On January 10, 2013, Islamists moved south and took control of Konna, a town 30 miles from Mopti, just 300 miles from Bamako. Mali’s interim President Dioncounda Traore called French President François Hollande to ask for military help. Troops and aircraft arrived immediately from nearby Chad, retaking Konna the next day. French and Malian soldiers were joined by units from ECOWAS, Nigeria and Chad to participate in the liberation of the northern towns of Gao, Timbuktu and Kidal.
The Islamists’ growing presence in Mali should have been a concern to the United Nations and the United States long before it reached the critical stage in January, when the French stepped in to fight the Islamists. The United States reluctantly agreed to supply cargo planes to ferry the French and African troops to the battle zones, and provided tankers for air refueling. A US drone base was set up in neighboring Niger for intelligence gathering.
At this point, the United States needs to participate in training and equipping the African military forces to prepare them for an extended counterinsurgency operation.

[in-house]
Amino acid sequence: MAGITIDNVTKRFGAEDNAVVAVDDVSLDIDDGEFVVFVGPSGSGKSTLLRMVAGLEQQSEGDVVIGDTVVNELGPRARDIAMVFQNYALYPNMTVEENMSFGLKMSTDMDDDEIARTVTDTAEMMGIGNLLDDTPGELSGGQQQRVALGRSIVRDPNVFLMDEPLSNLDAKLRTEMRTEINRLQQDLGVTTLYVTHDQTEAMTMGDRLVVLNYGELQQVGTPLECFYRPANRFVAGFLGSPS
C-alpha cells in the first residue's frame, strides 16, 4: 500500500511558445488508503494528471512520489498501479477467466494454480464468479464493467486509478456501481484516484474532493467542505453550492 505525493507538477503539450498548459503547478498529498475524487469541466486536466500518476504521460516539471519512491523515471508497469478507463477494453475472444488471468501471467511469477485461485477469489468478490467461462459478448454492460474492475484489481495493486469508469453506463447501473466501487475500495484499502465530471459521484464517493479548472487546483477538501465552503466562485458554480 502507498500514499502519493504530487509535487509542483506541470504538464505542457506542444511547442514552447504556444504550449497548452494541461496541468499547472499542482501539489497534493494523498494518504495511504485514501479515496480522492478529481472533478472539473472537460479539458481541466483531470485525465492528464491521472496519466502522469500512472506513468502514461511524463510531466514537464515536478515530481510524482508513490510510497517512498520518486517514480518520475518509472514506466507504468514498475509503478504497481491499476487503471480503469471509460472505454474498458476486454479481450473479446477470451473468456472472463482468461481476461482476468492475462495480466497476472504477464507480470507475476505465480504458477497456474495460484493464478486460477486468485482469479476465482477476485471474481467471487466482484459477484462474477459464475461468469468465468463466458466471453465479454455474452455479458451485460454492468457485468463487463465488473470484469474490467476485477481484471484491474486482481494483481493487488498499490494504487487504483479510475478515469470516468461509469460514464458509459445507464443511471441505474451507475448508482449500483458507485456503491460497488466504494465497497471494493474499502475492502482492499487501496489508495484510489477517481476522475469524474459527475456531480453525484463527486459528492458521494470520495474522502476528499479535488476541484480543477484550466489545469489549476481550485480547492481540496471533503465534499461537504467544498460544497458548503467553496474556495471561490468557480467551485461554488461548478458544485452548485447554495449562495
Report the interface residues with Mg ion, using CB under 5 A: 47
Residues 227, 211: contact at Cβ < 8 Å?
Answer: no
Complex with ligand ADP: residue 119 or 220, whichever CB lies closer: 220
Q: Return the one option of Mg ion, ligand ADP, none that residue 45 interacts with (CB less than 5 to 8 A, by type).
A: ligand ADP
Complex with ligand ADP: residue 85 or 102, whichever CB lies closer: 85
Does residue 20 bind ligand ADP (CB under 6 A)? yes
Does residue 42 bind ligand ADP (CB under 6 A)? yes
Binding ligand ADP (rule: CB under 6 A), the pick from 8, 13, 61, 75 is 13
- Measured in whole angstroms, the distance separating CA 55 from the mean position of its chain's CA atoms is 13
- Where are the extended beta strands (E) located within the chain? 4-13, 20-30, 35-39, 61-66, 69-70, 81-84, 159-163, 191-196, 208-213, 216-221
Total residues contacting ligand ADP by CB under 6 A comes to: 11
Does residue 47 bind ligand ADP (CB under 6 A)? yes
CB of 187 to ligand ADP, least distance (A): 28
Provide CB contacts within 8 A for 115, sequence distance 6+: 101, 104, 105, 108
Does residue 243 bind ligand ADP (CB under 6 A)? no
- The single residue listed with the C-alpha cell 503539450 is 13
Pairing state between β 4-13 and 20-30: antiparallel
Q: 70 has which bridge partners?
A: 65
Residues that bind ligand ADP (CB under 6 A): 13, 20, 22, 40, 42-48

At this point, the United States needs to participate in training and equipping the African military forces to prepare them for an extended counterinsurgency operation. In addition, armaments and supplies will need to be left behind by the French as well. The insurgents have been dispersed into the vast northern desert and the Adrar des Ifoghas mountains bordering Algeria—but could return.
At the February 14, 2013 House Committee on Foreign Affairs hearing on the crisis in Mali, several members asked, “Why is Mali important to US interests?” Ambassador Johnnie Carson, Assistant Secretary, Bureau of African Affairs, succinctly stated that Mali’s security was important to US national security interests, emphasizing the need “to stop the AQIM and affiliates from spreading into the Sahel region.”
Ambassador Carson further noted the Mali crisis is one of the most difficult, complex and urgent problems West Africa has faced in decades stating, “The March 2012 coup and subsequent loss of northern Mali to Islamist extremists demonstrates all too clearly how quickly terrorists prey upon fragile states.”
The upcoming July 2013 presidential elections will be a defining moment—Mali’s Moment—to unify the country, re-establish democratic institutions and restore Mali’s territorial integrity and security.
Photo credit: The World Factbook, 2013.
Resident Scholar, University of Utah Hinckley Institute of Politics;
Ambassador to the Republic of Mauritius, the Republic of Seychelles and the Union of the Comoros, 2002-2005